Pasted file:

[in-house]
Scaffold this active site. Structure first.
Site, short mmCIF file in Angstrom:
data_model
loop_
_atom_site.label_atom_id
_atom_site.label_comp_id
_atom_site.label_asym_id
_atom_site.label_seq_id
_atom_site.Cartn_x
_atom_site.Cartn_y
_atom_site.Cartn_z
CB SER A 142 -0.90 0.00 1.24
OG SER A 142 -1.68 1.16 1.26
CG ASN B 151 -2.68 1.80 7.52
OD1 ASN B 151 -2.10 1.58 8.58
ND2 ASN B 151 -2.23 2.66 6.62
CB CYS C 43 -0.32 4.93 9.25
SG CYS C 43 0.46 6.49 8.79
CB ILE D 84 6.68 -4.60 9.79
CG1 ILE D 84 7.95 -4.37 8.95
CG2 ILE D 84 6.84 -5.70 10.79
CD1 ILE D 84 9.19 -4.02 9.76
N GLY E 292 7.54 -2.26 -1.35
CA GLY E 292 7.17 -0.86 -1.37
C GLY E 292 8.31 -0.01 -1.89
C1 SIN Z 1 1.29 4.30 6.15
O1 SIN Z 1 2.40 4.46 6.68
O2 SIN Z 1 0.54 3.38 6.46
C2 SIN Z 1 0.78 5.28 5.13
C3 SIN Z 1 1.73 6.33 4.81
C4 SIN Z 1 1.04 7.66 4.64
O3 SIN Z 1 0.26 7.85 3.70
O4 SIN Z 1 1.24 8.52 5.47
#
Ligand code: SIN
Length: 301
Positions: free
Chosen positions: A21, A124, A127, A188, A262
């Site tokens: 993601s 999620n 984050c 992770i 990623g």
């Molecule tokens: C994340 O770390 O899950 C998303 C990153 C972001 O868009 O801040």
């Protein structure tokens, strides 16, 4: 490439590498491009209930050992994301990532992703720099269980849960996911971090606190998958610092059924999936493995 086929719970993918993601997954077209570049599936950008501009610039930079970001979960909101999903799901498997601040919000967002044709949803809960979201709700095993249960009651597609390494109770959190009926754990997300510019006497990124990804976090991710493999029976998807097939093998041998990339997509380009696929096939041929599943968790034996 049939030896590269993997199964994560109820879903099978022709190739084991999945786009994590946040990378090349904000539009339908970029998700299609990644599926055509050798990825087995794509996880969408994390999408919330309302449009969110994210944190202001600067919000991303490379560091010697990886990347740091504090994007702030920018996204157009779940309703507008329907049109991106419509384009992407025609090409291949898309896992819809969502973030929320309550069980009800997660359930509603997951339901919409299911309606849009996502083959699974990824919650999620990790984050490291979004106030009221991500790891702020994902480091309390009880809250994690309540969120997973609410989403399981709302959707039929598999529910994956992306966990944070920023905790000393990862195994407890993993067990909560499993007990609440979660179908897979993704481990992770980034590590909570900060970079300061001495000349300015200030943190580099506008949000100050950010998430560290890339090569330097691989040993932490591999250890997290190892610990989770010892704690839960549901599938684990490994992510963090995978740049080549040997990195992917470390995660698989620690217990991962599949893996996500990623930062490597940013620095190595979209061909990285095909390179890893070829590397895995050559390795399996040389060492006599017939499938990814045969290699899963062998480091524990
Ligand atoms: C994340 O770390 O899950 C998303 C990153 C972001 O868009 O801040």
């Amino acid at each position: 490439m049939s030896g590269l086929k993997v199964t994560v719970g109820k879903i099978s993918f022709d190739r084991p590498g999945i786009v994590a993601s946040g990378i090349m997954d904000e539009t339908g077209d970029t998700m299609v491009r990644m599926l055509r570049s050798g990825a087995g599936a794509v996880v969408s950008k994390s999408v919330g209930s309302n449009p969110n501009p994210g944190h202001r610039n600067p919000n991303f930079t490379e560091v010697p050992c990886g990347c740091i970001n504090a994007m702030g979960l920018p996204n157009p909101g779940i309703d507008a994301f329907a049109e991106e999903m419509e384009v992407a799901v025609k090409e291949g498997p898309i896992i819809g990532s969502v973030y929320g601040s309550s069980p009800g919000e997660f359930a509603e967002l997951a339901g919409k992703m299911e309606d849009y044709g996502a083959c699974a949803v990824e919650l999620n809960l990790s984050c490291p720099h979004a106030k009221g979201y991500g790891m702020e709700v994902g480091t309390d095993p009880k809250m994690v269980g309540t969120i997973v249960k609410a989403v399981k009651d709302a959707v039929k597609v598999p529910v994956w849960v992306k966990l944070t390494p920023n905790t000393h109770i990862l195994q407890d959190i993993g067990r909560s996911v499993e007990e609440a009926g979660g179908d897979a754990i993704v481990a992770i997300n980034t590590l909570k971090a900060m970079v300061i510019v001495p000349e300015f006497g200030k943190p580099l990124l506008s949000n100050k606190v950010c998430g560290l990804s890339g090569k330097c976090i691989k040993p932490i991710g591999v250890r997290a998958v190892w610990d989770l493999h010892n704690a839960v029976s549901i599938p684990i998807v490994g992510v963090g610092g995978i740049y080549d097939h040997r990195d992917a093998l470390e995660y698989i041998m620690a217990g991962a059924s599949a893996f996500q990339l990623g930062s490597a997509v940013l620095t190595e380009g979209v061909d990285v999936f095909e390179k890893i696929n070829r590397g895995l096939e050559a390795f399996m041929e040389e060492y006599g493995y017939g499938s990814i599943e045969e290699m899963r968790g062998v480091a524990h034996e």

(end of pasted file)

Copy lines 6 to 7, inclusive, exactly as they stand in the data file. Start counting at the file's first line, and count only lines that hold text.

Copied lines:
_atom_site.label_atom_id
_atom_site.label_comp_id